Rosacea is a common skin problem that affects approximately 14 million Americans. Common symptoms include skin that flushes easily, visible red blood vessels, and whitehead and blackhead-free pimples around the nose and cheek. The exact causes of rosacea are unknown, but it is likely an inherited skin problem triggered by extreme temperature, stress, and diet. If rosacea is suspected, it is important to see a doctor who can assess the skin and prescribe medication if needed. Here is how to recognize rosacea, treat flare-ups, and manage it effectively over time.
How To Determine If Rosacea Is Present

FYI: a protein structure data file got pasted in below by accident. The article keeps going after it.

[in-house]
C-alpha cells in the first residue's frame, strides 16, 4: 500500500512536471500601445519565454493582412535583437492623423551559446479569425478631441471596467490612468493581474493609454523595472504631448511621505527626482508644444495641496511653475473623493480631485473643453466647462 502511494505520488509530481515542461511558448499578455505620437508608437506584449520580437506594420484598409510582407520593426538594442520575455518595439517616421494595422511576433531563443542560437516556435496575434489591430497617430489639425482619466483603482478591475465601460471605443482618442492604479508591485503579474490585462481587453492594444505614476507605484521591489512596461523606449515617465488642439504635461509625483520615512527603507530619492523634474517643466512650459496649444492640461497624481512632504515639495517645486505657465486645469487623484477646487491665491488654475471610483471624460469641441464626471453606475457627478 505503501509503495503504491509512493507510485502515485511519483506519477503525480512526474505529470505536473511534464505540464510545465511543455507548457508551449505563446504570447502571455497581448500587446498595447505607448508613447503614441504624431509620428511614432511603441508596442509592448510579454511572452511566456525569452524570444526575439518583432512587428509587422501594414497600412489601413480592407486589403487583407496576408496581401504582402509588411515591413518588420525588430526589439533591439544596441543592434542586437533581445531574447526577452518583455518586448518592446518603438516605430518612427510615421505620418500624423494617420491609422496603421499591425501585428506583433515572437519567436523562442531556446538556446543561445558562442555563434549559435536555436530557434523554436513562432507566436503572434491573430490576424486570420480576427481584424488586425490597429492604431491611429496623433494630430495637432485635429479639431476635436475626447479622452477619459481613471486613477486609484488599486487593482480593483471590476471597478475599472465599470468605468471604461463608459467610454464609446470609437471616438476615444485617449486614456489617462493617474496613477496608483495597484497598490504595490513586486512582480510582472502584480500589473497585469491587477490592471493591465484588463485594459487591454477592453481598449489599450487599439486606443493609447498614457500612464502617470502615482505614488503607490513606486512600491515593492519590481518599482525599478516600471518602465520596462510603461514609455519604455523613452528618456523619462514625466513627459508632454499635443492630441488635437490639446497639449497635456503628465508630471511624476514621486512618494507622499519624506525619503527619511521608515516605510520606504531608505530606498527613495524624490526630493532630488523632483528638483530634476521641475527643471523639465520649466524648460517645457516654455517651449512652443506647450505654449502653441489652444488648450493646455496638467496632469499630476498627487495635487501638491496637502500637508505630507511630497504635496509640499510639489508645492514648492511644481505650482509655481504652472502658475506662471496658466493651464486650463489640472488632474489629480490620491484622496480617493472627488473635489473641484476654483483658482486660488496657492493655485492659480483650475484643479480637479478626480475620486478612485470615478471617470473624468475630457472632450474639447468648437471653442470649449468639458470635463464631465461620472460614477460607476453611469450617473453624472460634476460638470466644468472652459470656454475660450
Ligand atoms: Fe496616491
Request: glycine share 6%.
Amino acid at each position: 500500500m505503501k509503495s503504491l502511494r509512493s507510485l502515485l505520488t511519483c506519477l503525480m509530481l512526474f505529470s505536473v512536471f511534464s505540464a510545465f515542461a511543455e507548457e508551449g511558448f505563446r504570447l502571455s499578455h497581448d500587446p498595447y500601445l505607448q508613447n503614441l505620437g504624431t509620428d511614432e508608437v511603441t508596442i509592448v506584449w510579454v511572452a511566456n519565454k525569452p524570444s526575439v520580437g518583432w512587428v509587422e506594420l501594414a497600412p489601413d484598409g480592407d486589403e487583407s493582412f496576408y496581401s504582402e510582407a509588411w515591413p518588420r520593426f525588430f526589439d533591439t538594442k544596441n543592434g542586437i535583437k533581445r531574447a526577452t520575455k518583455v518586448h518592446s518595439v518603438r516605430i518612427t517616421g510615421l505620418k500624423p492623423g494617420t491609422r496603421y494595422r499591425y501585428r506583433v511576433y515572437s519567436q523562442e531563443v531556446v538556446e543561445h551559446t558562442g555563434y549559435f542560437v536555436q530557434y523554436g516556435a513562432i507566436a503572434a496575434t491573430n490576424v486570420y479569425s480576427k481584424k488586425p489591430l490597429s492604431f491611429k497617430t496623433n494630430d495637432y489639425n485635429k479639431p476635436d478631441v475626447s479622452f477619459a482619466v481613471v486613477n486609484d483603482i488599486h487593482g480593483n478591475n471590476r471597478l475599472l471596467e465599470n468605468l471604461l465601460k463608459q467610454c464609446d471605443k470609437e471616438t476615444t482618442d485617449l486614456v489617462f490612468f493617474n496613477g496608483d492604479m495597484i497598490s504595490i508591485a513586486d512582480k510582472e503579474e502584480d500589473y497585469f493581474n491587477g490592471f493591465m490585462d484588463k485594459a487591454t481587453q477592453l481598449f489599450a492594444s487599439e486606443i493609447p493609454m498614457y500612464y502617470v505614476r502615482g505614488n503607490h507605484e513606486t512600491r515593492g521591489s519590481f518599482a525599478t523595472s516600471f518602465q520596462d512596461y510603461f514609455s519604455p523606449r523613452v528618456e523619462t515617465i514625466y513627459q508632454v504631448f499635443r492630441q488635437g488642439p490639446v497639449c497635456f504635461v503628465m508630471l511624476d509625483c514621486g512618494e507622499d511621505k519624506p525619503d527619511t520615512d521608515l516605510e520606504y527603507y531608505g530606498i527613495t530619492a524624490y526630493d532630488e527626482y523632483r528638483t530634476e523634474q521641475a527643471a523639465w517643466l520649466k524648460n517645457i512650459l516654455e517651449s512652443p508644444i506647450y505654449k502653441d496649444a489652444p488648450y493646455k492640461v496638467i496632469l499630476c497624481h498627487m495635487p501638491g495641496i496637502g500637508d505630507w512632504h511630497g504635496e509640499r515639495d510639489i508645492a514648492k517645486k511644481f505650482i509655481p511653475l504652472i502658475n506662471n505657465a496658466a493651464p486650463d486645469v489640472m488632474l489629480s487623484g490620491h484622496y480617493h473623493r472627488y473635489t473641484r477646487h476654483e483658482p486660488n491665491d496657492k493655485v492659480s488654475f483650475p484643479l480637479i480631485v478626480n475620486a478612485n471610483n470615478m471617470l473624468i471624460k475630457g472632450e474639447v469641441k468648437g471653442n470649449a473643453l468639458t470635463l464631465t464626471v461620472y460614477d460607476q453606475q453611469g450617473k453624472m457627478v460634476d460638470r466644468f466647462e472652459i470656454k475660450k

Rosacea is most common among adults who have fair skin and are of Celtic background. It is also common among women aged thirty to fifty when they are perimenopausal. Although rosacea can be mistaken for other conditions, there are key physical signs to watch out for. For example, rosacea often produces acne-like eruptions around the central face. Different from those produced by acne, however, these red pimples and pustules do not have blackheads or whiteheads. If blackheads or whiteheads are present, the condition is likely acne instead of rosacea. In addition to the red bumps, rosacea also causes blood vessels to dilate, which produces flushing and a visibly red face. Dilated blood vessels in the absence of acne are typically due to surgery, such as a rhinoplasty, or photodamage from the sun.